Name: Dillon Overton
Height/Weight: 6’2’’, 175
How Acquired: Selected in the second round of the 2013 MLB draft
One of the biggest myths to arise in baseball over the past few years is that pitchers who have Tommy John surgery all return with the same – or better – velocity than they had before the surgery. Dillon Overton is one example of a player who hasn’t seen his velocity return to pre-surgery levels yet. While he may not light up the radar gun like he did in college, Overton is still on-track to make an impact in the big leagues.
Before injury got in the way, Overton looked like a potential top-10 pick in the 2013 draft. The left-hander out of Oklahoma was the Sooners’ top pitcher heading into that season, even on a staff that included eventual top-five pick Jonathan Gray. Overton struck-out more than a batter an inning during his sophomore year (124 in 122.2 innings), while showing good command of three pitches and featuring a 92-94 MPH fastball.
Dillon Overton Stats
Things didn’t go according to script for Overton during his junior year, however. His velocity fluctuated the entire season and he missed starts with the dreaded forearm strain. Although his overall numbers for the Sooners were solid (3.02 ERA in 92.1 innings), Overton’s draft stock sunk thanks to questions about his health and his dip in strike-out totals (only 7.70 per nine innings). The A’s took him in the second round, 63rd overall.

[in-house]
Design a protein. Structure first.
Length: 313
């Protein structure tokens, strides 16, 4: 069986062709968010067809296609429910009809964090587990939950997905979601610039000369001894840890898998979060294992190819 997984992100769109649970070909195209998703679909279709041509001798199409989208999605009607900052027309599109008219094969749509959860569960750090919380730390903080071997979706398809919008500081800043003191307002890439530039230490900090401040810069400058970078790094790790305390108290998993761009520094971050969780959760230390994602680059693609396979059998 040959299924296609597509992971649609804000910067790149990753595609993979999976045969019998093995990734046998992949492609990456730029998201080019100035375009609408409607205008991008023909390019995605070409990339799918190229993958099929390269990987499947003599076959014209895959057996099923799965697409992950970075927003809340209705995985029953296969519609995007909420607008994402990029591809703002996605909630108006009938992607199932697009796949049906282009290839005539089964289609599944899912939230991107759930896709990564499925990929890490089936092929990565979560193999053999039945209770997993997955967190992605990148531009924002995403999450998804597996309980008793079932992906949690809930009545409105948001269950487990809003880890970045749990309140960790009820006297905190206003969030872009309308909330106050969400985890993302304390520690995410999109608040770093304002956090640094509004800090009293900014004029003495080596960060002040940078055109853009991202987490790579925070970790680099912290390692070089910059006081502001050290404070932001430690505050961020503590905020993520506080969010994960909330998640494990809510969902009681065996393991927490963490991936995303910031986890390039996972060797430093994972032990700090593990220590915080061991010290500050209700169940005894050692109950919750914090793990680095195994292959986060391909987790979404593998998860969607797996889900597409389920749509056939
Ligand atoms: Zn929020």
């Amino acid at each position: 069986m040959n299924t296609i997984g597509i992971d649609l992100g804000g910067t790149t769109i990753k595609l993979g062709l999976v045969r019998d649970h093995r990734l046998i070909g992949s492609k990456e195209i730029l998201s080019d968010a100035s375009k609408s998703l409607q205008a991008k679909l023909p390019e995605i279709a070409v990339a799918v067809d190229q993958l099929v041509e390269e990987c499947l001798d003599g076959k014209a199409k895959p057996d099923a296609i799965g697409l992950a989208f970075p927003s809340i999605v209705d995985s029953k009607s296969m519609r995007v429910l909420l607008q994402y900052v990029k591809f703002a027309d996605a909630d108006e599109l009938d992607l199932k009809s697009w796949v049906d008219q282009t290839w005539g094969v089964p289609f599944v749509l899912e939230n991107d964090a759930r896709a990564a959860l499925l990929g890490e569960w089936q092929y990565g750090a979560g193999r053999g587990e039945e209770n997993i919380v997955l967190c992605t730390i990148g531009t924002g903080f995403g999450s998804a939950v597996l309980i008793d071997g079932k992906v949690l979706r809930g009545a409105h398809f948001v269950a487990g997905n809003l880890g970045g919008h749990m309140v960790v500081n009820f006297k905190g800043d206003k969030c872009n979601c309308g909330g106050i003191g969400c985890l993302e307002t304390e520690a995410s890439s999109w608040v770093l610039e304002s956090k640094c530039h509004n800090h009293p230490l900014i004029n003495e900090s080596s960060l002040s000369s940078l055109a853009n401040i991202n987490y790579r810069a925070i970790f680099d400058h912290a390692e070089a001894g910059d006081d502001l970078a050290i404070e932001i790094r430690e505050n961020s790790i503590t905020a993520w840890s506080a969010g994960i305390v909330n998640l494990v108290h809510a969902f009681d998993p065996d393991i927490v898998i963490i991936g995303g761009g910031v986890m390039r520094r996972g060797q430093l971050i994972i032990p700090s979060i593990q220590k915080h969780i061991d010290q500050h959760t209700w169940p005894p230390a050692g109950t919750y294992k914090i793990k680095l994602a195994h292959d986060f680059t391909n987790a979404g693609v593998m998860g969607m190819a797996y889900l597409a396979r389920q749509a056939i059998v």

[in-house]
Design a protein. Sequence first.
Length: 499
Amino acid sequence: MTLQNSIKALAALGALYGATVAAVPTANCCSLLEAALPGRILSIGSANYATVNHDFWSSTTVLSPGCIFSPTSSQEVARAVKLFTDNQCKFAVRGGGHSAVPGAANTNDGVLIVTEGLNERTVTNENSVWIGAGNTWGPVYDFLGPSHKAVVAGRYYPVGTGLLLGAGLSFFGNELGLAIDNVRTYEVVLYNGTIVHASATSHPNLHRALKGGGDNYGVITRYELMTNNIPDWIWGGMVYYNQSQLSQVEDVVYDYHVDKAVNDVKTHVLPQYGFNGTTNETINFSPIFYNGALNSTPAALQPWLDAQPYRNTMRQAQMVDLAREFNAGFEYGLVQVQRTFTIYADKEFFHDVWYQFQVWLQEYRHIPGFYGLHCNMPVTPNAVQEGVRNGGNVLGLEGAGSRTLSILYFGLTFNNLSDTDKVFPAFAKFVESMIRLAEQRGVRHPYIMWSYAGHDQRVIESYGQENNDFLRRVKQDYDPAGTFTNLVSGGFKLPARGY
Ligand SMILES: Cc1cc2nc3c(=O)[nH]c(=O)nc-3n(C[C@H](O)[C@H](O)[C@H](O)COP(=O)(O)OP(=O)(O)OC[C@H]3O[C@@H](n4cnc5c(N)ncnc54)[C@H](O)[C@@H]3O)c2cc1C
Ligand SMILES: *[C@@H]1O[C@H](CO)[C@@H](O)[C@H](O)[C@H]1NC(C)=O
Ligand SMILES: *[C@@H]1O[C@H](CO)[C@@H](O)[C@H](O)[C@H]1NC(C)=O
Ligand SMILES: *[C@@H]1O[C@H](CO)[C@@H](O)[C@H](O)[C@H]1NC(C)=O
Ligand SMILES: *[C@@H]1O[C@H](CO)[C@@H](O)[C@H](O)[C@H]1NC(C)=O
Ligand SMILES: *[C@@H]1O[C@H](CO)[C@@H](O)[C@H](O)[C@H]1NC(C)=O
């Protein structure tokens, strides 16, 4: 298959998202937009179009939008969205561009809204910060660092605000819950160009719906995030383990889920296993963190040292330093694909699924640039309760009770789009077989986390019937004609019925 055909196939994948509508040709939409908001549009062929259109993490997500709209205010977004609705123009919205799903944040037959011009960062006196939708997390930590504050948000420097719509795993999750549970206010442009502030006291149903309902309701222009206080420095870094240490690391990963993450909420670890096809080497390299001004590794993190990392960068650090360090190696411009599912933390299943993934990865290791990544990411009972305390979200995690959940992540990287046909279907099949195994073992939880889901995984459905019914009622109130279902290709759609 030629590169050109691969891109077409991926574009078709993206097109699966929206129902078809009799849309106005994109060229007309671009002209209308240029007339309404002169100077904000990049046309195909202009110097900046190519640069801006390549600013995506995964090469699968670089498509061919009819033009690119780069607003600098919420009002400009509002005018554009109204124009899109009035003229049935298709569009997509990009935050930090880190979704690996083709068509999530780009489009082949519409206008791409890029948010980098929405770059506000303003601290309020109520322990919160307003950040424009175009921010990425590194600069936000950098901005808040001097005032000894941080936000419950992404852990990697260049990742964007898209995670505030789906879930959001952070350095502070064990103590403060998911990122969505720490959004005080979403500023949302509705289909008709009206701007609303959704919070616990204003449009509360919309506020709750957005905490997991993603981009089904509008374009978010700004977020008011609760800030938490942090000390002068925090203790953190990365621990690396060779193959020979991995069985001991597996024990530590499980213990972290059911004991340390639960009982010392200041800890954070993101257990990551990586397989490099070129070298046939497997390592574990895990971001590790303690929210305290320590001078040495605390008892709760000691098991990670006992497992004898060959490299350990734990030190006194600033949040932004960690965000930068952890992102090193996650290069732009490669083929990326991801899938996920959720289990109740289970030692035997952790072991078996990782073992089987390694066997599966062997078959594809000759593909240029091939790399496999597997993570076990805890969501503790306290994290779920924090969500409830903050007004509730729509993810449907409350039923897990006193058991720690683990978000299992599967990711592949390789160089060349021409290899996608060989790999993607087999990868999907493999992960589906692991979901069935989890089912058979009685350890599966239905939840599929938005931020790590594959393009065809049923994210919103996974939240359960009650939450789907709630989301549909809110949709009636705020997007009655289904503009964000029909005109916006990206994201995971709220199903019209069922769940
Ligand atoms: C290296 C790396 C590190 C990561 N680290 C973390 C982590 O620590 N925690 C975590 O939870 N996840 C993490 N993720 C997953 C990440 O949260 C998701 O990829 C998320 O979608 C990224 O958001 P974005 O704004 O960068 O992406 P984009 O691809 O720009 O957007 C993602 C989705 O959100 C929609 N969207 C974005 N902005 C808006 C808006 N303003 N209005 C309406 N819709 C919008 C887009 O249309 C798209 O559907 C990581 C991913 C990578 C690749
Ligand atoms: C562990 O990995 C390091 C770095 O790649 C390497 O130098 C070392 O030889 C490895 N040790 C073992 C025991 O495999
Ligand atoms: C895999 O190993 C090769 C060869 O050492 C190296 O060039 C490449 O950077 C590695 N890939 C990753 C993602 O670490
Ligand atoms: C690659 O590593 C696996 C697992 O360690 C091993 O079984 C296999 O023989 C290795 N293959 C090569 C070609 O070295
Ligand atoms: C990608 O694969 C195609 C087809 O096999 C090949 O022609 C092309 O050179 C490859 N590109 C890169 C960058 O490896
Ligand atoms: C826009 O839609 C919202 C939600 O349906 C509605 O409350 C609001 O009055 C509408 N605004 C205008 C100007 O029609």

At the time of the draft, the A’s front office stated that they believed Overton was healthy, but no one was terribly shocked when it was revealed that he needed Tommy John surgery. Overton signed with the A’s to a below-slot bonus and had the surgery that July. He didn’t make his professional debut until that following June with the Arizona Rookie League A’s.
The A’s were cautious with Overton during his professional debut season, keeping him in the short-season leagues for the entire year. His numbers were spectacular – 1.95 ERA in 37 innings with 53 strike-outs and four walks – but Overton’s fastball rarely broke 86 MPH, raising some concerns about his overall projection. On the plus side, he focused on learning to “pitch backwards” – using his off-speed pitches to set-up his fastball – something he had never had to do in college. Gaining that ability allowed Overton to pitch effectively despite the lack of velocity.
The A’s put Overton’s “pitchability” to the test in 2015. They sent him out to the hitter-friendly California League for his first full-season experience. Although he was on a strict innings limit that kept him to five innings or less in every start, Overton proved that his stuff would play in a hitter’s league while with the Stockton Ports. He threw 61.1 innings with Stockton, posting a 3.82 ERA and putting up a 59:12 K:BB. Overton allowed more than two runs in only three of 14 outings and more than one run in only five of 14.